Blue Cross Blue Shield Companies report Wellness Programs have Financial, Health Benefits
(BestWire Services Via Acquire Media NewsEdge)
An increasing number of employers are participating in employee health and wellness programs in a bid to reduce health care costs due to chronic illnesses, officials from Blue Cross Blue Shield companies and the National Business Group on Health announced. The Blue Cross Blue Shield Association of America also released a new report finding that workplace education efforts can increase worker participation in wellness programs by 21% or more.
Joined by participating companies, the insurers were in the nation’s capital to lobby Congress on the benefits of wellness programs.
With chronic conditions such as heart disease, diabetes, obesity and smoking accounting for approximately 75% of health care costs, employers have a strong incentive to utilize workplace wellness programs, panelists said at the National Press Club. Blues’ representatives did not provide national statistics on how many companies and employees have joined such plans.
Dr. Douglas Woll, senior vice president and chief medical officer for the Blue Cross Network of Michigan, said the nonprofit insurer gave participating member companies an up-front 10% discount on health insurance premiums in exchange for enacting health and wellness programs. In less than two years, 575 employers with 75,000 employees have signed up, a figure that is growing by about 1,000 employees monthly.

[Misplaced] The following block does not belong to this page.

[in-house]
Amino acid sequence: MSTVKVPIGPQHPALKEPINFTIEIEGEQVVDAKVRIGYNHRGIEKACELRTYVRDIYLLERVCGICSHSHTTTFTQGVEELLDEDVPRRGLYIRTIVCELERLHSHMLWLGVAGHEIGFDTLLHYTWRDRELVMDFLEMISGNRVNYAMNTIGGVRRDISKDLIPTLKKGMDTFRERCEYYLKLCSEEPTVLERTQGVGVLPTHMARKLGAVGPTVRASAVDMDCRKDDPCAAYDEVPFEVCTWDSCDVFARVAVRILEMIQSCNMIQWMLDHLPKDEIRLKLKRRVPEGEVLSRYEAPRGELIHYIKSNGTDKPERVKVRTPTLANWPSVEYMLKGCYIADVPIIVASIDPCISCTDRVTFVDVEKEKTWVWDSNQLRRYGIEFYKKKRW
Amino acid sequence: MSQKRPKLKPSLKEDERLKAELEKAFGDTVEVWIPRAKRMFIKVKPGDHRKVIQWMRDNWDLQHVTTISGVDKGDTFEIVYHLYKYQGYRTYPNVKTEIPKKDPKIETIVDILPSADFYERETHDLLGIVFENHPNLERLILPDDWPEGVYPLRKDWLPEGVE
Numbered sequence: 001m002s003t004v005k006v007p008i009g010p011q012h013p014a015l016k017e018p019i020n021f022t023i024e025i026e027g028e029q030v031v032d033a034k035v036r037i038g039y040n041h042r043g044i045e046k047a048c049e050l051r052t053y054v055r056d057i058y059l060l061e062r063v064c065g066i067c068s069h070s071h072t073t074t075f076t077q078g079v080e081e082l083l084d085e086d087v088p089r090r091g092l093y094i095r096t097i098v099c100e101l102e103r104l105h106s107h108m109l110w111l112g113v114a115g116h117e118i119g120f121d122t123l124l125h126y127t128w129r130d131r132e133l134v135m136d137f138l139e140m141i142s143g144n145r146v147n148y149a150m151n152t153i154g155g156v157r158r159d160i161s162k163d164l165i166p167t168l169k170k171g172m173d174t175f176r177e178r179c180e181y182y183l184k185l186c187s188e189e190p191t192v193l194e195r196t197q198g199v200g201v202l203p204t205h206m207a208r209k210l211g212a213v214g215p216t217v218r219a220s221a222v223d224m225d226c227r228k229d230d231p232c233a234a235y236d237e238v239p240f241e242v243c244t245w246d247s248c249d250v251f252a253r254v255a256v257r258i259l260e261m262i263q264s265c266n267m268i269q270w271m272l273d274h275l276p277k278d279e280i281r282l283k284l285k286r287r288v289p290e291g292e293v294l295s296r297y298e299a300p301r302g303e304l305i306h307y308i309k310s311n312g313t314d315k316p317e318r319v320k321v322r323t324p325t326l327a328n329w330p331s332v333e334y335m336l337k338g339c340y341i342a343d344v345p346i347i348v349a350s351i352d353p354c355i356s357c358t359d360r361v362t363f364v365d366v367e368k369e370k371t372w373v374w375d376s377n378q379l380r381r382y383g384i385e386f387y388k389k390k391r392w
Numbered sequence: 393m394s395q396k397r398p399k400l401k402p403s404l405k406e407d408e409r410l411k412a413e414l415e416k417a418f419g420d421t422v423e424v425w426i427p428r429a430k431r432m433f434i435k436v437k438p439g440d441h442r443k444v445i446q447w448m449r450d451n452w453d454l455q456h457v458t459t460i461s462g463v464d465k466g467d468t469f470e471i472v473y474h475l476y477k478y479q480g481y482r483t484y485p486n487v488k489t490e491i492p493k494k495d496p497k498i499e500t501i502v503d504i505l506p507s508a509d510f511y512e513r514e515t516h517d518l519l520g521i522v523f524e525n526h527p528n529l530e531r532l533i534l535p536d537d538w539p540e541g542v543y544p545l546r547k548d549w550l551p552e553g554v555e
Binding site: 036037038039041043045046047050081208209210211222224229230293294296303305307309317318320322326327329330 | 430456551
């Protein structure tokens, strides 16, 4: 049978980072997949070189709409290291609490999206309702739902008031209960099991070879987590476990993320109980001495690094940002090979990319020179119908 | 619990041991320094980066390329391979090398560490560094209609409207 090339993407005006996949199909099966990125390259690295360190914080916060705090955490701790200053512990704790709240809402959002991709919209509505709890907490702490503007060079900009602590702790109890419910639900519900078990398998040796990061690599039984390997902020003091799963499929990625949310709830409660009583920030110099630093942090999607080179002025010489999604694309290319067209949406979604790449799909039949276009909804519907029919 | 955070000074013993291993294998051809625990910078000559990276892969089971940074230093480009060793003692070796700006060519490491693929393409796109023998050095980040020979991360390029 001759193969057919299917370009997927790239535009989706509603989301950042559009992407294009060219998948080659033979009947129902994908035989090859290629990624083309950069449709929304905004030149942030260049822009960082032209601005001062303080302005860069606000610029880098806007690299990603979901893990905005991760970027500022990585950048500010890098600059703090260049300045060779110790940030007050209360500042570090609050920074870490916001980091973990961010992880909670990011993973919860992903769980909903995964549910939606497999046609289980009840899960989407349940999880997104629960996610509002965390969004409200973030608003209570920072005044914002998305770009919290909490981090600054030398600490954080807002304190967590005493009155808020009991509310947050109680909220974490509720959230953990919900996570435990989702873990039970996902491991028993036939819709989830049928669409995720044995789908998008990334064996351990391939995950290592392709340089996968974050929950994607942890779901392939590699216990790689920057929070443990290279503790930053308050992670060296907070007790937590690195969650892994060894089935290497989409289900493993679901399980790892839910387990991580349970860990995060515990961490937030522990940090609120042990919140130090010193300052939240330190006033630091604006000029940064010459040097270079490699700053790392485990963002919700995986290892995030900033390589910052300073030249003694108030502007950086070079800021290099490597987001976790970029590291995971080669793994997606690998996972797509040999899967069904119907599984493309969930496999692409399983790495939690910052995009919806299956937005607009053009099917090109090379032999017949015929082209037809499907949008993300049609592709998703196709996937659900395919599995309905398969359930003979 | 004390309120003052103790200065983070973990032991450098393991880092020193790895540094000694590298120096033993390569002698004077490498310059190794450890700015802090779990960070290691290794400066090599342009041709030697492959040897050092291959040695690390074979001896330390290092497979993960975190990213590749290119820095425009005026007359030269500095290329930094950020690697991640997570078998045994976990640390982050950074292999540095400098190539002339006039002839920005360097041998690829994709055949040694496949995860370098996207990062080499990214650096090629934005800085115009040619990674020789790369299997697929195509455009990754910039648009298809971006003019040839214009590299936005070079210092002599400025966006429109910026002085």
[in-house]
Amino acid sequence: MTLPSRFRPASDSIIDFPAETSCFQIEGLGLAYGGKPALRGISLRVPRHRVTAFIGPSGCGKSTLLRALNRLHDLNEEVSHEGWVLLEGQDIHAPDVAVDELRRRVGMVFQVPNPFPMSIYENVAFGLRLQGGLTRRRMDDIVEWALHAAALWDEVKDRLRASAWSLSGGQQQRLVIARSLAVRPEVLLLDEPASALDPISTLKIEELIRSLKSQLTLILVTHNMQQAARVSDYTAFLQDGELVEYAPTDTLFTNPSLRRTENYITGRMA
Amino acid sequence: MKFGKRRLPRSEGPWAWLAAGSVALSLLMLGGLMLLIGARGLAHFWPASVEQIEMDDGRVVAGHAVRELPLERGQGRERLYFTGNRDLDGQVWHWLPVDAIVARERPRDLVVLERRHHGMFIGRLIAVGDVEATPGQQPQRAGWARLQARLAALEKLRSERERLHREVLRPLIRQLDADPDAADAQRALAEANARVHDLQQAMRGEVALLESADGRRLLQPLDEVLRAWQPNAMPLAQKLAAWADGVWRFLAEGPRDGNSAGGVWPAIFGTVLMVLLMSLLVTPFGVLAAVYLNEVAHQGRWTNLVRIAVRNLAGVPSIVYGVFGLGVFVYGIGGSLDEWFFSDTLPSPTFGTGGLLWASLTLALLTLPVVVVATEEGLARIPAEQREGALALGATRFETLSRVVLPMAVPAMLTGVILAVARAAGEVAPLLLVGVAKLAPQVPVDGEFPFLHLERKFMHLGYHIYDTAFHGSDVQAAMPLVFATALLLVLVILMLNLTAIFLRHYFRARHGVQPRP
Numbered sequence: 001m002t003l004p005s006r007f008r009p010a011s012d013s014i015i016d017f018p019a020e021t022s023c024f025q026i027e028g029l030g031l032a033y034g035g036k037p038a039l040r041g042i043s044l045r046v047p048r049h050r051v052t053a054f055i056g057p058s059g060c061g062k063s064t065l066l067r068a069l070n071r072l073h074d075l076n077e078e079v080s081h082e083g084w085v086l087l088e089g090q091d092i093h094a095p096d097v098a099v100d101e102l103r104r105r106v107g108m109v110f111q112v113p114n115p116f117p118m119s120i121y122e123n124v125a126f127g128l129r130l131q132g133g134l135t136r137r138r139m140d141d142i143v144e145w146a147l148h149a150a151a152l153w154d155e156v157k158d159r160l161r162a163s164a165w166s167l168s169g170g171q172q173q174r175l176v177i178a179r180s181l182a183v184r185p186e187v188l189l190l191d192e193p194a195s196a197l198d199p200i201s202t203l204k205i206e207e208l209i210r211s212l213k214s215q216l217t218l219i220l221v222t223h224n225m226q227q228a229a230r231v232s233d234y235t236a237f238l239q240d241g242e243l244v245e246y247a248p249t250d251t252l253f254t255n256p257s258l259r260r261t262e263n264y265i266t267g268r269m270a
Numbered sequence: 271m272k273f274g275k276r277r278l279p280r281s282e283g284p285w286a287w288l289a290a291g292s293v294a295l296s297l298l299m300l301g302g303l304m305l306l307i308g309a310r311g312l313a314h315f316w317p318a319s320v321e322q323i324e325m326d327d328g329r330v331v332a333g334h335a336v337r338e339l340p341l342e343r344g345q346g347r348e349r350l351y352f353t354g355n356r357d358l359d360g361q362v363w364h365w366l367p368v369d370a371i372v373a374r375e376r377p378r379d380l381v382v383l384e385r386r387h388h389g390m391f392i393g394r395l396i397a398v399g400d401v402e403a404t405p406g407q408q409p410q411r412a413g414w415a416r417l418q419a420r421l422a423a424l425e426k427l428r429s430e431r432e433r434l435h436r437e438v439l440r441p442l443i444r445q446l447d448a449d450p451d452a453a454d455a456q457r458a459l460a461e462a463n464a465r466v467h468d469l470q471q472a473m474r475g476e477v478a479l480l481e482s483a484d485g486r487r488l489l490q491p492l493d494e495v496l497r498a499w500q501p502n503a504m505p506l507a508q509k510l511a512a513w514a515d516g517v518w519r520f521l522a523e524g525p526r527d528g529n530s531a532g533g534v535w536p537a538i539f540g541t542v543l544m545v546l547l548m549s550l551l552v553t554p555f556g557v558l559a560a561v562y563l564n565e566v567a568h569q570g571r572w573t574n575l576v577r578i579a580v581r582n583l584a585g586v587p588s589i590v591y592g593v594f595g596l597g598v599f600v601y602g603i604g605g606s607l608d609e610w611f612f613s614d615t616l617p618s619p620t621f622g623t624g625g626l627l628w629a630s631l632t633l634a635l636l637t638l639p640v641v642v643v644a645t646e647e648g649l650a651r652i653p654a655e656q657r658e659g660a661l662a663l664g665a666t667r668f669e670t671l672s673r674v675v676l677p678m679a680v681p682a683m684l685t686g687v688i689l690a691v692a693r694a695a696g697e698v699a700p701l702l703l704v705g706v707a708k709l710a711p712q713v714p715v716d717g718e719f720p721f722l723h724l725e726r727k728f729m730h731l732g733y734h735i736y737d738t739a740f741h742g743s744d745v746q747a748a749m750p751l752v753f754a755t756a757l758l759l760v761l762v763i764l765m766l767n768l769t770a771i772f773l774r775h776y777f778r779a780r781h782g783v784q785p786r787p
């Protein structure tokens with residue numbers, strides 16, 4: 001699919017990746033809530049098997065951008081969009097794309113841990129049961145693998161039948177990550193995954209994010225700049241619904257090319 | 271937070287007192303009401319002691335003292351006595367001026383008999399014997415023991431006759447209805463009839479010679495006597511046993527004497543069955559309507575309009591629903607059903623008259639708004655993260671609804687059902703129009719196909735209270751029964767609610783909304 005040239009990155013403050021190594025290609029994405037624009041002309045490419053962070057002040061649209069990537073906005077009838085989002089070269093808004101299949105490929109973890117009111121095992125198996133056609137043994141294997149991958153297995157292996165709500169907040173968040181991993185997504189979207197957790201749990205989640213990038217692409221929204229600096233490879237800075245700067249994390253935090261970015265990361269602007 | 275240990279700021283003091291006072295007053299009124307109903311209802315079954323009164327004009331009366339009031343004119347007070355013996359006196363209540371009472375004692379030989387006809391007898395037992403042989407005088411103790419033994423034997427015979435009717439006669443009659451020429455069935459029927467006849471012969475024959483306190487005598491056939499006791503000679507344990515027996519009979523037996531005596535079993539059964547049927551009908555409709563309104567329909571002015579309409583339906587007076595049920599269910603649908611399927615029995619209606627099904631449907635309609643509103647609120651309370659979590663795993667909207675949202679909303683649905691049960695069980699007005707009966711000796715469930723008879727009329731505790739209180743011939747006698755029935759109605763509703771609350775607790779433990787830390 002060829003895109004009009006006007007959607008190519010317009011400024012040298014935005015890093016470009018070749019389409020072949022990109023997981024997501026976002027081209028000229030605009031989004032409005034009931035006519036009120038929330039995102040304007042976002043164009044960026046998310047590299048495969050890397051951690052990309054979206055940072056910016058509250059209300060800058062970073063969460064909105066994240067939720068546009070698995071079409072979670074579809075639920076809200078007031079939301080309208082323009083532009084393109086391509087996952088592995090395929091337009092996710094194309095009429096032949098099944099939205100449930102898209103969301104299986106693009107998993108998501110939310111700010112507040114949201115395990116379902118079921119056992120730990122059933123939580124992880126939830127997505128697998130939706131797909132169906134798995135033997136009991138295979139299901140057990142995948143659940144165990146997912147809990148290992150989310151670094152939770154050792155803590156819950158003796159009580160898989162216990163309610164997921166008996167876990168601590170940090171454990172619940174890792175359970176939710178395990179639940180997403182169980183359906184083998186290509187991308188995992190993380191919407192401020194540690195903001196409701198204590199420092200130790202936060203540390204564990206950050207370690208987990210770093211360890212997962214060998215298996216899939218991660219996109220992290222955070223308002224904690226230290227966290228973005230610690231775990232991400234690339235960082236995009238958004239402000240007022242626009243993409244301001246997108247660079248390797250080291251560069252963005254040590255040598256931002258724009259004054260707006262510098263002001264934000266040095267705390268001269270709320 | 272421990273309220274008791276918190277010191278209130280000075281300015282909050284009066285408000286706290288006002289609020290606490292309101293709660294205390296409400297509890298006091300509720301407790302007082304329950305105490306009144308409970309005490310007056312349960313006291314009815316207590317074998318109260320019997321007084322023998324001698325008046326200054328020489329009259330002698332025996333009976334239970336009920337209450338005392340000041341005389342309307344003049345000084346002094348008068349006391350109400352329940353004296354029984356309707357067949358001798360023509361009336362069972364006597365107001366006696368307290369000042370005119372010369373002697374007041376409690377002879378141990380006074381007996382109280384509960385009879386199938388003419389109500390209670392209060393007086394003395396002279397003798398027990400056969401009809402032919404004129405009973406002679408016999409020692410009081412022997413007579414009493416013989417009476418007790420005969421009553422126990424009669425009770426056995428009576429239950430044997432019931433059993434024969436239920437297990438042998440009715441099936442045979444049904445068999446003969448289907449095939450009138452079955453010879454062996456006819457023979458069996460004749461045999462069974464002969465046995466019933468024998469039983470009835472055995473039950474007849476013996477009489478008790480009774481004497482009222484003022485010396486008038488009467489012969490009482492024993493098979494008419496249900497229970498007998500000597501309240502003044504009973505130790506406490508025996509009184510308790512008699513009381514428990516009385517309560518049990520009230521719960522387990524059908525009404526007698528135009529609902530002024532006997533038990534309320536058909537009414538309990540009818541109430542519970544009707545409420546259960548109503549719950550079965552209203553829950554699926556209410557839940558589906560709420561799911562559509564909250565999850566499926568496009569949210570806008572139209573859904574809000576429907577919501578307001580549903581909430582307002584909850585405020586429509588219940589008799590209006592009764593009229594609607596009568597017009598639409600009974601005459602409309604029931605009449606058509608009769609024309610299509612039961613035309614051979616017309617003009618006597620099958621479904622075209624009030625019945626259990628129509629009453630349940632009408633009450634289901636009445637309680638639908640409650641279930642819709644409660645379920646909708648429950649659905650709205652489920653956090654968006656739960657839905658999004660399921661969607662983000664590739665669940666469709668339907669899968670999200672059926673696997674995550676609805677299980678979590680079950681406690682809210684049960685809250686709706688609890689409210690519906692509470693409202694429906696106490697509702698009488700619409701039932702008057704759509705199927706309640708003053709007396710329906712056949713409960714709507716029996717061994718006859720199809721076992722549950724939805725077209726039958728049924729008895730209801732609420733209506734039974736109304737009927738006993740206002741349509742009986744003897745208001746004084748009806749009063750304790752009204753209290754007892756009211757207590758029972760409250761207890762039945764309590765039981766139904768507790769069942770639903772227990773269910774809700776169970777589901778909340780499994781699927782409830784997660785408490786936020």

Insurers began offering wellness, disease management programs and pharmacy benefit management services over the past decade because they learned that employers were willing to pay for them, according to Edward Kaplan, national health practice leader with the Segal Co., a New York-based employee benefits consulting firm. These programs also are helping insurers boost revenue in an environment where they?re struggling to grow membership, he said (BestWire, June 16, 2008).
While anecdotal and qualitative findings show increased participation by employers and employees, Blue Cross and Blue Shield of North Carolina Vice President and Chief Medical Officer Don Bradley said insurers have to show hard numbers verifying cost savings from wellness programs.
Otherwise, he said, “I’ll be polishing up my resume.”